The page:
Laura (not her real name), a 26-year-old author of young-adult fiction, was drawn to play out rape fantasies because they offered an escape from her over-ordered life. "I'm so on top of everything all day, so it's a release to have someone else take control and dominate," she says. She's never used safe words or laid out the specifics of what she wants from the role-playing, and one of the three men she's had "rape" her went too far. "He pushed me really hard and pulled my hair, and I wanted him to stop and he wouldn't," Laura recalls. "I wasn't sure if it was still a scene we were acting out or not." According to experts, it's crucial that couples establish boundaries and agree on safe words before attempting to re-create a rape fantasy. Just ask 25-year-old T.J., a stay-at-home dad in Texas, who began regularly acting out these scenarios with his wife. One night she told him that she wanted him to go further, so "I grabbed her from behind and shoved her down," T.J. says. "She was pretty much fighting me tooth and nail." In the process, T.J. (not his real name) found he had tapped into memories of being molested by a couple when he was 12. "I really lost it. A lot of anger and bitterness and rage came up," he says. "And it actually really turned me on to get in touch with that rage. And then I got dependent on it: Now I can't keep it up for regular sex." The good news for T.J. is that his inability to perform has been pretty much a nonissue. The bad? The reason is that his wife "got completely freaked out by what happened—we didn't even talk to each other for a few days afterward," and their sex life has dropped off precipitously.
Like with most psychological phenomena, there's no direct explanation for why some women are turned on by the notion of force while others are aroused by the idea of making love in a field of daisies—only speculation. "I believe it's related to childhood experiences of being reprimanded or controlled or overpowered," Saltz says. "Early, primitive feelings of aggression are often wrapped up with libido." That might explain the case of 34-year-old Nicole (not her real name). "When I was growing up, my parents really made me feel like my emotions made me unlovable," she says. The rape fantasy appeals to her because, she says, "it's like someone's angry or unhappy with you but still paying a lot of attention to you—as opposed to in real life, when, if you're acting unlovable, people just leave you alone."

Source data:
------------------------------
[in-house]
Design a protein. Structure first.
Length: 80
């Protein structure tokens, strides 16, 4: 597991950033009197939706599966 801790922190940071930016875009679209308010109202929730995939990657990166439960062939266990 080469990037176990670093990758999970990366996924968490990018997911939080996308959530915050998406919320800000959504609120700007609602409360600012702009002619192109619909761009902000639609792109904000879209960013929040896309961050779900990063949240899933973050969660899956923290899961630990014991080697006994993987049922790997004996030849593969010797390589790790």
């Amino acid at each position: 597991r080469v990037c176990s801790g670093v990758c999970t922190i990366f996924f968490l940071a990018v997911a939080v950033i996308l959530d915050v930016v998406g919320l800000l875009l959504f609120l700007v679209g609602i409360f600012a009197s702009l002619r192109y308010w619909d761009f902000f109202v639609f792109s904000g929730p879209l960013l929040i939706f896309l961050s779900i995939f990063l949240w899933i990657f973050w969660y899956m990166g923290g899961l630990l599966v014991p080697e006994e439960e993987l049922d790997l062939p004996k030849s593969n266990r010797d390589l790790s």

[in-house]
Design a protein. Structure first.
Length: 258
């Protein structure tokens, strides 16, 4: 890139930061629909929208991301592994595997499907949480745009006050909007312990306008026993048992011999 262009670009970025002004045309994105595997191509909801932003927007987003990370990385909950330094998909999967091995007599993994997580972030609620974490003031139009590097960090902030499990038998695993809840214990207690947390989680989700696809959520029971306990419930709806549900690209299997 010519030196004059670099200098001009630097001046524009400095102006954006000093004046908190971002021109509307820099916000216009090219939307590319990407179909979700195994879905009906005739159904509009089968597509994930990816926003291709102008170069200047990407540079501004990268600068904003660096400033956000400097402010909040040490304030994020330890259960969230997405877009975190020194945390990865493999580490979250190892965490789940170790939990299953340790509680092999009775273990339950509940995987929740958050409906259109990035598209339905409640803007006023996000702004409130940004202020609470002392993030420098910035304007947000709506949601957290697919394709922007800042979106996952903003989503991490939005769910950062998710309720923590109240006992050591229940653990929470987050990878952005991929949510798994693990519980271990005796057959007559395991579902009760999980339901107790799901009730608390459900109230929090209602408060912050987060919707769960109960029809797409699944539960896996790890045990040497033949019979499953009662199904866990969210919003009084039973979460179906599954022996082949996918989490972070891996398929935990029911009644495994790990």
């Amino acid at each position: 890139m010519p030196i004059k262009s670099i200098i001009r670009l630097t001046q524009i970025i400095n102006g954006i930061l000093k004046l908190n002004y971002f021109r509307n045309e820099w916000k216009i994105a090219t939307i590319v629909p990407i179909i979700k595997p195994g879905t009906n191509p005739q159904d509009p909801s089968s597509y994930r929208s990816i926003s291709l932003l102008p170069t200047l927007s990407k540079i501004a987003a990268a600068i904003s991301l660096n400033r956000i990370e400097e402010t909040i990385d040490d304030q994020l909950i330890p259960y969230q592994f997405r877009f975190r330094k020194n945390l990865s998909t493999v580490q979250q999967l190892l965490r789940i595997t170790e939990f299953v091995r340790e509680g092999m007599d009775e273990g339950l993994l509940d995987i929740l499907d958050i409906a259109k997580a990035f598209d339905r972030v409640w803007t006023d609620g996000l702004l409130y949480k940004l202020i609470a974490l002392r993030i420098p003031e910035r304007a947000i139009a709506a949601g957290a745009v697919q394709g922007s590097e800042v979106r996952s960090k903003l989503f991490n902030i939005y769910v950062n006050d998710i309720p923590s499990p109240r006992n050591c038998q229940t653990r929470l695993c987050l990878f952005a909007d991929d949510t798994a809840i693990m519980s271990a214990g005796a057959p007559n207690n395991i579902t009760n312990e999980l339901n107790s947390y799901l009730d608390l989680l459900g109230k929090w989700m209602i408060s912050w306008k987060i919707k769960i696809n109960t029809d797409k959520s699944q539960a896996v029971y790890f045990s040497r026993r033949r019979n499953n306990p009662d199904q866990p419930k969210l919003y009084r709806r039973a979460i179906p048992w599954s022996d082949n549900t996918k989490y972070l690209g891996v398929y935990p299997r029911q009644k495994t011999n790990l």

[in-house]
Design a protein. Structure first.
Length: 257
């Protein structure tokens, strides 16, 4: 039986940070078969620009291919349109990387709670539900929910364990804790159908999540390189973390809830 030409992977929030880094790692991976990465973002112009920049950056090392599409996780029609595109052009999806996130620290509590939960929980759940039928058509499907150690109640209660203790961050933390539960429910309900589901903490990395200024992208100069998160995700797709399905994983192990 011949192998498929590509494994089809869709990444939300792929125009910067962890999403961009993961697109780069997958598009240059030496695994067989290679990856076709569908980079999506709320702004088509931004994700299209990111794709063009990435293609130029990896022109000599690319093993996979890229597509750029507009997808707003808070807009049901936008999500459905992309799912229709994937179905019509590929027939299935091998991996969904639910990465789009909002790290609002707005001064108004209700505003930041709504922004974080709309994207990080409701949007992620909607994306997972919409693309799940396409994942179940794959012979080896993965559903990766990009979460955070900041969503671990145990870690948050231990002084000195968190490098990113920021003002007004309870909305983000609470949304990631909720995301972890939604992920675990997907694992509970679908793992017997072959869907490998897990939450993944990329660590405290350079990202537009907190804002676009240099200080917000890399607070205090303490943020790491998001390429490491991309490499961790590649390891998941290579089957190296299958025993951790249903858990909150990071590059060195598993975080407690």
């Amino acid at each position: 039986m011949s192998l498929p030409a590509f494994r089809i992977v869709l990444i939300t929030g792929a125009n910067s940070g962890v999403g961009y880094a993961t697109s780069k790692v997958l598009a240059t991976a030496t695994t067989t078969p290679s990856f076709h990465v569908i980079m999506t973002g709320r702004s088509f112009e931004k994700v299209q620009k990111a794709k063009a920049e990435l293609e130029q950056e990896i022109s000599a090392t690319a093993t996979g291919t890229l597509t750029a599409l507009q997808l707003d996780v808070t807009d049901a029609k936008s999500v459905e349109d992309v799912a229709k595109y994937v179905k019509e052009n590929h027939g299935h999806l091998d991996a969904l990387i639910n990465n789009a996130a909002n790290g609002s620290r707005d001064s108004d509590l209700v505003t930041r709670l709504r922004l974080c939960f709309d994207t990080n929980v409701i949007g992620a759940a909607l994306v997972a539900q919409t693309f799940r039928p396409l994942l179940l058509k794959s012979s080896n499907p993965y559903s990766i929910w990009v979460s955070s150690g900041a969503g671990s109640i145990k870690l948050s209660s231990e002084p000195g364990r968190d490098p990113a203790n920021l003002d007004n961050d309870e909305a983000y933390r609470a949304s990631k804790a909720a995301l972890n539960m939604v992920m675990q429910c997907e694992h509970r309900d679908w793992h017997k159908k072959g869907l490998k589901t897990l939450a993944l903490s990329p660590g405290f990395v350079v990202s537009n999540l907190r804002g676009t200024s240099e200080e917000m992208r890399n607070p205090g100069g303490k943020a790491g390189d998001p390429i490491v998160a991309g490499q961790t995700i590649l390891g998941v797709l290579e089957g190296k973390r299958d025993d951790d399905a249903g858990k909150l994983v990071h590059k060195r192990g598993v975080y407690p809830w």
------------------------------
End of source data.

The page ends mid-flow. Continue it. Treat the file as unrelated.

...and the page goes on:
Regardless of what gives it allure, the rape fantasy is a powder keg of sexual politics. Common sense dictates that you always consider worst-case scenarios when deciding whether or not to duct-tape a woman's mouth shut as she begs you to stop. Although Josh (not his real name), a 28-year-old from Mississippi, didn't end up in cuffs after he followed his then girlfriend's directions to break into her house and hold her down during rough sex, he's aware that he could have. "About a year after that, she attacked me when I tried to stop her from going after her mom with a kitchen knife," he says, adding that his ex was bipolar. "When I was fulfilling her fantasy, I was in that early, puppy-dog-love stage, where I would have done anything to please her. It was only later that I realized I could have really gotten into trouble."
Ironically, according to some experts, it's an increasing problem that many men are not educated about their right to draw the line. "You don't want to be in a position where you're going to be doing something that's really horrifying to you," Saltz says. "Keep in mind that you can always say, 'Let's go carefully' or 'No.'" Now men who understand that no means no just have to hope that women do too.